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nvr2low
02-15-2007, 12:32 PM
is it just me or does it drive everyone else crazzy to see all these kids buying cameras and thinking they are photgraphers. i would someday love to shoot for an automotive magazine, but even with all the effort and time i have been putting in to get better i dont think im ready to take something like that on. im surfing around some forums and myspace and im fininding all these kids with photography websites, company names, and copyrighted pics that are awaful. the compositions are horible, their lighting sucks, and the processing doesnt seam to exhist. its really starting to piss me off that people like this are out there and not trying to lear how to be better. i know of one kid like this that is actually shooting for a magazine.

convergent
02-15-2007, 12:47 PM
Its the world we live in.... the McDonalds mentality. They go to Best Buy and get the DSLR equivalent of a "value meal", and then go home and take a picture of their car in the driveway. Then they load the images on their MySpace page and someone who's idea of fine art photography is using their camera phone, makes a comment that there car picture is "all that". What they really meant was that they liked the cool shaggy seat covers, but the unknowing photographer takes this as "go ahead" to launch themselves into the "pro" ranks. Within the hour, they've signed up for SmugMug and loaded up a template. Then they go take pictures of all their buddies' cars and load them up. A star is born!

Seriously, that is about as much thought as 95% of these guys put into it. They will end up trying to sell stuff to their friends, who will try to get as much stuff done as they can for free. This will entertain both of them for 6-12 months, after which the photographer will decide they shouldn't quit their "day job" at Target, and the star will have fallen.

Bottom line is that digital has made photography much more idiot proof, and much more easy to get your foot in. The thing is, that nothing has really changed when it comes to what it takes to do "pro" level work... if anything its harder in some ways with digital. A lot of people will be happy with the crap work you are talking about... because its better than their comparison point... their camera phone. A lot of people won't.

The noise level on the web is going to stay high and so pros will need to find other ways to reach their clients.... ways that the McDonald-grapher isn't going to ever be attempting.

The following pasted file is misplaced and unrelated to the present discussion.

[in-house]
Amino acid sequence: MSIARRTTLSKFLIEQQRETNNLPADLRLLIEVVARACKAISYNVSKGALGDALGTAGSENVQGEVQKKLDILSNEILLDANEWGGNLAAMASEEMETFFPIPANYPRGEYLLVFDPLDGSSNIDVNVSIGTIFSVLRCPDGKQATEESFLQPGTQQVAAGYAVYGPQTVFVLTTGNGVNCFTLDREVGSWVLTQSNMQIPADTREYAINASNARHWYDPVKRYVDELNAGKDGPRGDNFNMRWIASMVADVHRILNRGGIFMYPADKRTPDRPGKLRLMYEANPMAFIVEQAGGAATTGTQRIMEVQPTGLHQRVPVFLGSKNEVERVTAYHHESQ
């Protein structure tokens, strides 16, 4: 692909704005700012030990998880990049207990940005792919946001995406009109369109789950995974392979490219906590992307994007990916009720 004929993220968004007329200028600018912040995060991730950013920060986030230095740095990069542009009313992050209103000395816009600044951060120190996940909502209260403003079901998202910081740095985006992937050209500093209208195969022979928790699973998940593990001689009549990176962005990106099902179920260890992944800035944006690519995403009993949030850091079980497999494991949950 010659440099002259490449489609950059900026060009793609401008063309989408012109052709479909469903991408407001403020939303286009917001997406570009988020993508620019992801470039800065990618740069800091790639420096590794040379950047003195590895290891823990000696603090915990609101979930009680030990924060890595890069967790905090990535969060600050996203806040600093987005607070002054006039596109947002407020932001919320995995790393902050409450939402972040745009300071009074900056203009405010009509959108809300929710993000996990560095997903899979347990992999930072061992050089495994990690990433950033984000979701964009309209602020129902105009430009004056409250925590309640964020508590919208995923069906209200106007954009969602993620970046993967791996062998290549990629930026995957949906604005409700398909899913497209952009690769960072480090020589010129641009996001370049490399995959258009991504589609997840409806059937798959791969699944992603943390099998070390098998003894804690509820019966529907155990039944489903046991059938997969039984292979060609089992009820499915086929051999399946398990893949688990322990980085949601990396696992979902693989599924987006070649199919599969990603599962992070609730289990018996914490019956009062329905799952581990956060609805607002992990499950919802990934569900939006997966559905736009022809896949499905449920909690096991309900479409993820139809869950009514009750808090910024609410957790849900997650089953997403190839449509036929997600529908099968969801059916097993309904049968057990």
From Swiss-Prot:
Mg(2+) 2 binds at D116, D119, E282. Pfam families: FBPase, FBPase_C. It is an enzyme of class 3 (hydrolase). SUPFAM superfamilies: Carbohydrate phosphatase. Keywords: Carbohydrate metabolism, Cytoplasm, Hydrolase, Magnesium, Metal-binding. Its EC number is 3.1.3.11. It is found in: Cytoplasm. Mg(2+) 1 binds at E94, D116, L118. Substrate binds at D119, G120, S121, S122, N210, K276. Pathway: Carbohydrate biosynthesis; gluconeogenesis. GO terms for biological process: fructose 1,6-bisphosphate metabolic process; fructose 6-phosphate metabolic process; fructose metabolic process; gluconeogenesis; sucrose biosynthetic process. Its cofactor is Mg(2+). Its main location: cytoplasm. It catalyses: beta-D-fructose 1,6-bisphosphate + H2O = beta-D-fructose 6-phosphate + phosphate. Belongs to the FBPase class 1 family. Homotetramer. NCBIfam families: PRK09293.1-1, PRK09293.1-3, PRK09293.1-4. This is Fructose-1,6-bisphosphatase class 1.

nvr2low
02-15-2007, 01:14 PM
that seams to make alot of sense. i think i will keep to the old fashion way of hard work and earning my way. if anything it feels alot more rewarding when you put the time and effort into getting one excelent shot rather than 100 just ok shots at best.

Orgnoi1
02-15-2007, 01:17 PM
I guess I can see both sides of the fence to an extent...

TRUE photography is a dying art so to speak... exactly for the reasons both of you have stated... but I dont discourage people from trying because there has to be someone who legitimately follows in our footsteps when we dont want to do it anymore. Most of these people will never see the inside of a darkroom, and for that I feel sorry, but I guess the digital darkroom can be as fulfilling (god I made myself feel old there). Its one of the REAL reasons I stay in film still, between medium format, and soon to be large format (thanks epatsellis!!)... so I can preserve in my own mind what it REALLY takes to make a photograph...

Slightly off point... but I want to say that in the last two days, I have gotten in two fairly hot arguements on two other boards with people who keep preaching to newbies to use manual focus... honestly *I* use manual focus sometimes... but really both times the person arguing was way off base... yes when we were younger thats all there was... and yes its more fulfilling to manually do something instead of relying on the camera for every detail of the exposure... but really digital photography is here to stay, and while it takes a lot out of the *mastering* of photography, some people are doing it because they are serious about taking shots too. Its just SO readily available to the average Joe that everyone tries to take a hand at it... most of which never take the camera off full auto their whole lives...

aceman152
02-15-2007, 01:29 PM
I must say I am one of the many that are never going to see the inside of a darkroom. I find it to be a sad experience even though I am not at the same level of many of the other photographers on this site, and many others. I do practice quite a bit though.